A Debate Dashboard to Support the Adoption of Online Knowledge Mapping Tools
This event took place on Wednesday 31 March 2010 at 11:30
Several web tools, also known as argument mapping tools, have been developed so far, which apply an organizational and visualization approach based on argument mapping. An argument map is a representation of reasoning in which the evidential relationships among claims are made wholly explicit using graphical or other non-verbal techniques. Argument mapping provides a logical rather than time-based debate representation of users’ contributions. This representation model has proved to provide users with several advantages, such as: i. encouraging evidence-based reasoning and critical thinking; ii. improving the understanding of wide amount of knowledge; iii. driving conversation toward effective deliberation; iv. expanding our capacity to grasp more complex discussions. Nevertheless those technologies still do not have widespread diffusion and the level of adoption is low.
The aim of my PhD thesis is to investigate new technological solutions to support the adoption of argument mapping tools. The main barrier to the adoption of mapping tools is the existence of constraints to the conversation that force users to respect pre-established communication formats and rules. Moreover, the literature suggests that the loss of information and feedback during conversation represents another important barrier to the adoption of mapping tools. Therefore, the loss of immediacy, due to the formalization, coupled with the lack of information about users, interaction processes, and generated content, entails the users a higher cognitive effort and time consuming to learn how to use the tool. This makes the benefit/cost ratio too low for the average user, thus causing limited adoption (Davis, 1989). To tackle this problem, we propose a Debate dashboard in order to provide users with visual feedback about the interaction between users and the content generated by them. This feedback aims at reducing cognitive efforts and making the benefits associated with using of arguments maps more evident. The dashboard will be composed of visualization tools which deliver such feedback.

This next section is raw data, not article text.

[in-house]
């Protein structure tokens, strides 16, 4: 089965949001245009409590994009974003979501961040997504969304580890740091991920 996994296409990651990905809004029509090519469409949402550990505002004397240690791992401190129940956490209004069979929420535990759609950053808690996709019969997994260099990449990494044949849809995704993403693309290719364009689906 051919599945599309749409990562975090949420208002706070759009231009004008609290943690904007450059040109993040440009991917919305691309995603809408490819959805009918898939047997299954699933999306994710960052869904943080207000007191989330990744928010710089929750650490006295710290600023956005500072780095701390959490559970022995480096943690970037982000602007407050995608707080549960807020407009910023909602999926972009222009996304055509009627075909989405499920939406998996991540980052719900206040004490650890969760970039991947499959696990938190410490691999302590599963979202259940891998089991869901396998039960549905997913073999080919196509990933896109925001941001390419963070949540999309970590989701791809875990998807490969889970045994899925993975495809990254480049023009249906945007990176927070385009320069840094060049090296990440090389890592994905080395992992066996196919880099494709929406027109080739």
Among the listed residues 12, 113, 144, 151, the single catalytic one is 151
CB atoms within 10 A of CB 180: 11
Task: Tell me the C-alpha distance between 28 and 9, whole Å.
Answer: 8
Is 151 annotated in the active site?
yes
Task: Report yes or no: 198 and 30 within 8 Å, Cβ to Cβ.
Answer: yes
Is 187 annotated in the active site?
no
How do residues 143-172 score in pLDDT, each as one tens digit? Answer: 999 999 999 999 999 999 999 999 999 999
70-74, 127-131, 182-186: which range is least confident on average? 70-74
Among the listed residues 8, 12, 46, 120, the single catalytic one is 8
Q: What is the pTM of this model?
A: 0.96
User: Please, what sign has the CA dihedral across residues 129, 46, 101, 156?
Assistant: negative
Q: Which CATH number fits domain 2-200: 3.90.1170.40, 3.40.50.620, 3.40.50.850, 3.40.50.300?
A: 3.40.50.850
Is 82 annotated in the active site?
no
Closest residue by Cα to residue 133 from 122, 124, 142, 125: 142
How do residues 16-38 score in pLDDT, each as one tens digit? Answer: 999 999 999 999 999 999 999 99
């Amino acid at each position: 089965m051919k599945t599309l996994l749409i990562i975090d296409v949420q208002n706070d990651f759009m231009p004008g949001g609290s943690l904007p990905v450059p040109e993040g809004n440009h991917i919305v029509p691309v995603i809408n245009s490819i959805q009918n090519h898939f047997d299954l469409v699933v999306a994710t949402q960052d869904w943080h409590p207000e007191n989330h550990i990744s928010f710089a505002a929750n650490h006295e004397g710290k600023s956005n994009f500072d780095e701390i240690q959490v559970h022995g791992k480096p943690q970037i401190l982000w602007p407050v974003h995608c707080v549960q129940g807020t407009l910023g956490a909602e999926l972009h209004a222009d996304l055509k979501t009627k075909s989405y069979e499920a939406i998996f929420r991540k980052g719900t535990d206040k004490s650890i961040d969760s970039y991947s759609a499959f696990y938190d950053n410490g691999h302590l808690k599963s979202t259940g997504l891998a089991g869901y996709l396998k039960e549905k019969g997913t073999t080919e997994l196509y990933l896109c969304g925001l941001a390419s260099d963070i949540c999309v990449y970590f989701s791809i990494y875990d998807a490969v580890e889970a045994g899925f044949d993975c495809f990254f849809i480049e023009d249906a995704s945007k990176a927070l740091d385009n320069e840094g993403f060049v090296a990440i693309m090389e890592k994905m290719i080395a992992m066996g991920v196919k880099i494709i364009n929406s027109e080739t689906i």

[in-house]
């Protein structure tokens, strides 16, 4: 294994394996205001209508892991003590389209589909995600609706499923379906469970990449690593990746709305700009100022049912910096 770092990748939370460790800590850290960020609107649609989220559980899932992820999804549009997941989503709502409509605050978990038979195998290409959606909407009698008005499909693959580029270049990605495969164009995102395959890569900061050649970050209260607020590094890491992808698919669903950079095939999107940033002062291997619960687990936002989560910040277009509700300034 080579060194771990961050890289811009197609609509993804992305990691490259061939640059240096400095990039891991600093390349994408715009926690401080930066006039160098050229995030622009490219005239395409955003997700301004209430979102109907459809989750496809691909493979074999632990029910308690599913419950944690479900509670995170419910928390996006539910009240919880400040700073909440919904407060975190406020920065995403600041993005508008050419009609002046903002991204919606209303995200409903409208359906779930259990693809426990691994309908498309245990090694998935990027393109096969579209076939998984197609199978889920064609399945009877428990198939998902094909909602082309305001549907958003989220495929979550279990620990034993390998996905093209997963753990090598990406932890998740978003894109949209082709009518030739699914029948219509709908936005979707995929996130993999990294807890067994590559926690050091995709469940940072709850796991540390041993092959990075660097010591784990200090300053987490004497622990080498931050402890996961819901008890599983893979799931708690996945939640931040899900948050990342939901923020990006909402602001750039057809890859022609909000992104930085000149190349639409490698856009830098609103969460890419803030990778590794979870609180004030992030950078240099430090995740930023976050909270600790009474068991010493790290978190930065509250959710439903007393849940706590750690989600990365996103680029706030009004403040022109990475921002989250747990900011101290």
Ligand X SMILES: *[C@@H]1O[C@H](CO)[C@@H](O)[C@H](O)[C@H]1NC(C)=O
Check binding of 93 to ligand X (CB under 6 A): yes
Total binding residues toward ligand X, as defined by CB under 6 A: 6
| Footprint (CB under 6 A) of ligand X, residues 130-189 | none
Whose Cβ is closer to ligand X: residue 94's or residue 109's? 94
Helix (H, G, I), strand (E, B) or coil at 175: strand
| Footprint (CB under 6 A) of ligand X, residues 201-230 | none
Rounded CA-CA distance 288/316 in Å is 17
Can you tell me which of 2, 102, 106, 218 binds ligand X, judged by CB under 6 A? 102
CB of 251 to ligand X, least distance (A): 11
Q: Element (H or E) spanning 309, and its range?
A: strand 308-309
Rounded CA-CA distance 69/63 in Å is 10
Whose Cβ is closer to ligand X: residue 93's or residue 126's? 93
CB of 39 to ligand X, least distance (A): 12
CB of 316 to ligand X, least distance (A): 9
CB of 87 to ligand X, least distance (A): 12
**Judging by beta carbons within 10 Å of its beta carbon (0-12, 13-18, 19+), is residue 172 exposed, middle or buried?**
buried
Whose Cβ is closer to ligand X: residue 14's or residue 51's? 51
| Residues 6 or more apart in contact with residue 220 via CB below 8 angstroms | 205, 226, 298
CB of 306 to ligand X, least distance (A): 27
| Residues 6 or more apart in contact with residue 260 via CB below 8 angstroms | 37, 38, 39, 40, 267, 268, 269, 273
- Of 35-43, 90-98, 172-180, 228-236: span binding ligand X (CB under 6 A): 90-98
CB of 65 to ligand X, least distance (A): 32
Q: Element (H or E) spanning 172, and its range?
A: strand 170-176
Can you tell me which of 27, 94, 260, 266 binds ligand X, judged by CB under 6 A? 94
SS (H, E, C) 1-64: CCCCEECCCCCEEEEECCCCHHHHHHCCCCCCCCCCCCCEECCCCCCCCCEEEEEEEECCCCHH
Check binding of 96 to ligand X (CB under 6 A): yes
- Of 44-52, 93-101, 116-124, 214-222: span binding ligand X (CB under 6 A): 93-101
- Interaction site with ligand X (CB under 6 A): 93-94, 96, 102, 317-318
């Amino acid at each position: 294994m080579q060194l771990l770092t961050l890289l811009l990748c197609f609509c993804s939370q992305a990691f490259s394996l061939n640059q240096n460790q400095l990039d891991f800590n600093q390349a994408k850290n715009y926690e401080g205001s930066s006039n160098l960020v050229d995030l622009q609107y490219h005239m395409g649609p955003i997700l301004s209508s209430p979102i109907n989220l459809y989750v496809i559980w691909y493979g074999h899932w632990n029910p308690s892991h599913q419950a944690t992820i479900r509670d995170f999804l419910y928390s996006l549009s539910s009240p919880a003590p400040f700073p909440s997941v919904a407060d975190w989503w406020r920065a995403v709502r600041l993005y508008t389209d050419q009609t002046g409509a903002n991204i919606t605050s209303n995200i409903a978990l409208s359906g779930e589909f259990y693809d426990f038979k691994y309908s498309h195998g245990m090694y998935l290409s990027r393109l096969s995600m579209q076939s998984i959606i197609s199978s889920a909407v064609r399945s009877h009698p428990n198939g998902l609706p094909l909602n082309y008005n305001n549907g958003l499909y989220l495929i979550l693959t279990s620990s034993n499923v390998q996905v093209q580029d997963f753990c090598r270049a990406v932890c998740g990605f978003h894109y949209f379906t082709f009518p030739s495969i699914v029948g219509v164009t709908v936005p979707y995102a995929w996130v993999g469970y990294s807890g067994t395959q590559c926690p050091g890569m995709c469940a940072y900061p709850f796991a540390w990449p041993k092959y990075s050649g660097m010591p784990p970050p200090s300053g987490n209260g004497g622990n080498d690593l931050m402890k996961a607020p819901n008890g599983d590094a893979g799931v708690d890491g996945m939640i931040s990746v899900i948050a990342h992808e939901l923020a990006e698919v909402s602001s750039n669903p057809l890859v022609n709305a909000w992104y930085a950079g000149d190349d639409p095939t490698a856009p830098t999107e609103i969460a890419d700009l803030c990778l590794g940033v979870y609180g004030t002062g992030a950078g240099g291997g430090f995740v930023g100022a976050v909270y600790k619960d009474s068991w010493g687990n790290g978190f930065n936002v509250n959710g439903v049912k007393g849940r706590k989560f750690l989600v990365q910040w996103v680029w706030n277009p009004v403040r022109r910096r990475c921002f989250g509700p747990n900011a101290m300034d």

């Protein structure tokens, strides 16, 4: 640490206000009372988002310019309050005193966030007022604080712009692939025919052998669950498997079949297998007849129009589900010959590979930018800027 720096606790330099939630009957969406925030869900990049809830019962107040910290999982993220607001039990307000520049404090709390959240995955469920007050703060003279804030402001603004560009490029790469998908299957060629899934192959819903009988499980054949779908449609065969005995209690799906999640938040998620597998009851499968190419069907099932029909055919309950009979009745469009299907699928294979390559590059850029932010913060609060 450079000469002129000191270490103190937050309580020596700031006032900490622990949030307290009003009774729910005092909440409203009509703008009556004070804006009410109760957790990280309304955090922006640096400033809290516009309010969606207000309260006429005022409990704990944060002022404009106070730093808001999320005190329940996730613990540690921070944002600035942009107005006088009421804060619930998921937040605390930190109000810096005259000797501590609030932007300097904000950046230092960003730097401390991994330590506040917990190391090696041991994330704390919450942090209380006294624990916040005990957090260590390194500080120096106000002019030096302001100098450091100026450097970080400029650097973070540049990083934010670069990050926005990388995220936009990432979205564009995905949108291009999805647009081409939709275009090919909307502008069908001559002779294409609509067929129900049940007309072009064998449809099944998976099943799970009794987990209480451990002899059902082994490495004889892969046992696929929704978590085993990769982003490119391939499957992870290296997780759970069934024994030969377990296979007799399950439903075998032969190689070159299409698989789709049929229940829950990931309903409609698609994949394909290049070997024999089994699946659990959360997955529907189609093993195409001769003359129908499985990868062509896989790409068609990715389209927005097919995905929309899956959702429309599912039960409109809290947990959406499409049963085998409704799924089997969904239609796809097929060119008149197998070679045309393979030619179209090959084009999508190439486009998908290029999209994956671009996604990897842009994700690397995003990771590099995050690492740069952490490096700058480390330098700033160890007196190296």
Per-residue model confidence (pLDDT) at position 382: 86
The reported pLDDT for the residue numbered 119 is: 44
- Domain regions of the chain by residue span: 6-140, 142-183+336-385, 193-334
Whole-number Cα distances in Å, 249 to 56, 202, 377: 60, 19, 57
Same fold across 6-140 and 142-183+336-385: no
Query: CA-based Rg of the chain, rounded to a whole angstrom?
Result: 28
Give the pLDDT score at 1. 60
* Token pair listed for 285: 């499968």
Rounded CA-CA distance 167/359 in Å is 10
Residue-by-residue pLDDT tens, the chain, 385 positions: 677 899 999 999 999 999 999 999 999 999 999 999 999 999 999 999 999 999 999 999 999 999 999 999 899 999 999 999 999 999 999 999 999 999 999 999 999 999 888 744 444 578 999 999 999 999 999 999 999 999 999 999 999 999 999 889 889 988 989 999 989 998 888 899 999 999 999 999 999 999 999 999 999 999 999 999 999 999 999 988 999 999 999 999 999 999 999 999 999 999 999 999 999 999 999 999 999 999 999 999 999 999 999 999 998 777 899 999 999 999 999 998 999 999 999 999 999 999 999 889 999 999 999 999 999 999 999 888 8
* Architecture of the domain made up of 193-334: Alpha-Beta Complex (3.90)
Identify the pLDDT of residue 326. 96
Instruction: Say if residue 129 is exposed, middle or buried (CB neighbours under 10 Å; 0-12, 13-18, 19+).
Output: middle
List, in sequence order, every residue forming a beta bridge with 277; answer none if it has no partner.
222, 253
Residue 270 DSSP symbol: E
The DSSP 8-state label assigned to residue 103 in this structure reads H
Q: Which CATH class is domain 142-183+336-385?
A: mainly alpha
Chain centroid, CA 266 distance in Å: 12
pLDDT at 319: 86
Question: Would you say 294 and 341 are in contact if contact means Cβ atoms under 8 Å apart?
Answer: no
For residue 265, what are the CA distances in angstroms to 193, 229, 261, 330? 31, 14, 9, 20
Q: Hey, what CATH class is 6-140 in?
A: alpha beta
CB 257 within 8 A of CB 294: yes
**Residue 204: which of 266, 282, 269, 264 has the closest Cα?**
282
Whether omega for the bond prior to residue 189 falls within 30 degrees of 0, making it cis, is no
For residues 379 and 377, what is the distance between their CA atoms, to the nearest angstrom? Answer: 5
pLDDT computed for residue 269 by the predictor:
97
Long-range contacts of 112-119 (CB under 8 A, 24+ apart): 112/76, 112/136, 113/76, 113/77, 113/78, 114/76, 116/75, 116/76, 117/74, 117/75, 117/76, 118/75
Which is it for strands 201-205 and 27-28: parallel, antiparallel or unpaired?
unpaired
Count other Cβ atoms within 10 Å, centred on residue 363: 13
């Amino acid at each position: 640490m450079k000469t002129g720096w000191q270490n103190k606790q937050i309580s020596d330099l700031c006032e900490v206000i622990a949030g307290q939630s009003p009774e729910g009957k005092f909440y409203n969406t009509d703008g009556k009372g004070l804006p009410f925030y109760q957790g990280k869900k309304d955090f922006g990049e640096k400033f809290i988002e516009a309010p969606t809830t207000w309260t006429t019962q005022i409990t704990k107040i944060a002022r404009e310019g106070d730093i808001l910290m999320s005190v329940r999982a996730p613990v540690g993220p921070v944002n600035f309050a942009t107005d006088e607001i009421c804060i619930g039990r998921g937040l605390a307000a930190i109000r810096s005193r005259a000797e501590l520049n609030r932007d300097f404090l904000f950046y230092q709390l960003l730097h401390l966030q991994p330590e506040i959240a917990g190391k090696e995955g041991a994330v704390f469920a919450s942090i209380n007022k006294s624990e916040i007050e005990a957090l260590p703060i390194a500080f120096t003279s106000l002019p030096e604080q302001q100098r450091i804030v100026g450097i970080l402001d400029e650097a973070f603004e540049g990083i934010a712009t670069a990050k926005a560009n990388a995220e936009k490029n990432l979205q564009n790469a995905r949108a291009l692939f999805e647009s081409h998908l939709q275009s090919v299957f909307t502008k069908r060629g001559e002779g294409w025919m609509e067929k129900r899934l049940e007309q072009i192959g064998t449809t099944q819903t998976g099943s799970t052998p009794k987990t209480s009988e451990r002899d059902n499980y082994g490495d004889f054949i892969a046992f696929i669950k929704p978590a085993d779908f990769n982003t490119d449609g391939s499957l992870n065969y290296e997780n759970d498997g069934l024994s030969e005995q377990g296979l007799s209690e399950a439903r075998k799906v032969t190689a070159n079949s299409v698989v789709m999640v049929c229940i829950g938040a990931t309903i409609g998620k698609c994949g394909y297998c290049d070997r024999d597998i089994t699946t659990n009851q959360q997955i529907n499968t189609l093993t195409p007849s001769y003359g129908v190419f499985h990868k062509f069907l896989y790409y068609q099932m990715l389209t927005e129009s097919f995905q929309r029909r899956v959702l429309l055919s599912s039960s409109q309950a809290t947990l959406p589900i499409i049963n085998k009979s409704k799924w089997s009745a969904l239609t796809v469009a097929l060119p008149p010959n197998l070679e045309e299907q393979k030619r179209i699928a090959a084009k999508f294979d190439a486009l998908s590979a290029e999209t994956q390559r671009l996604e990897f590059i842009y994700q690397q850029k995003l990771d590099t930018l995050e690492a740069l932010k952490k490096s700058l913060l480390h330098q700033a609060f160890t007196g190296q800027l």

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We are also inviting top experts in AI and Knowledge Technologies to discuss major socio-technological topics with an audience that comprises both members of the Knowledge Media Institute, as well as the wider staff at The Open University. Differently from our seminar series, these events follow a Q&A format.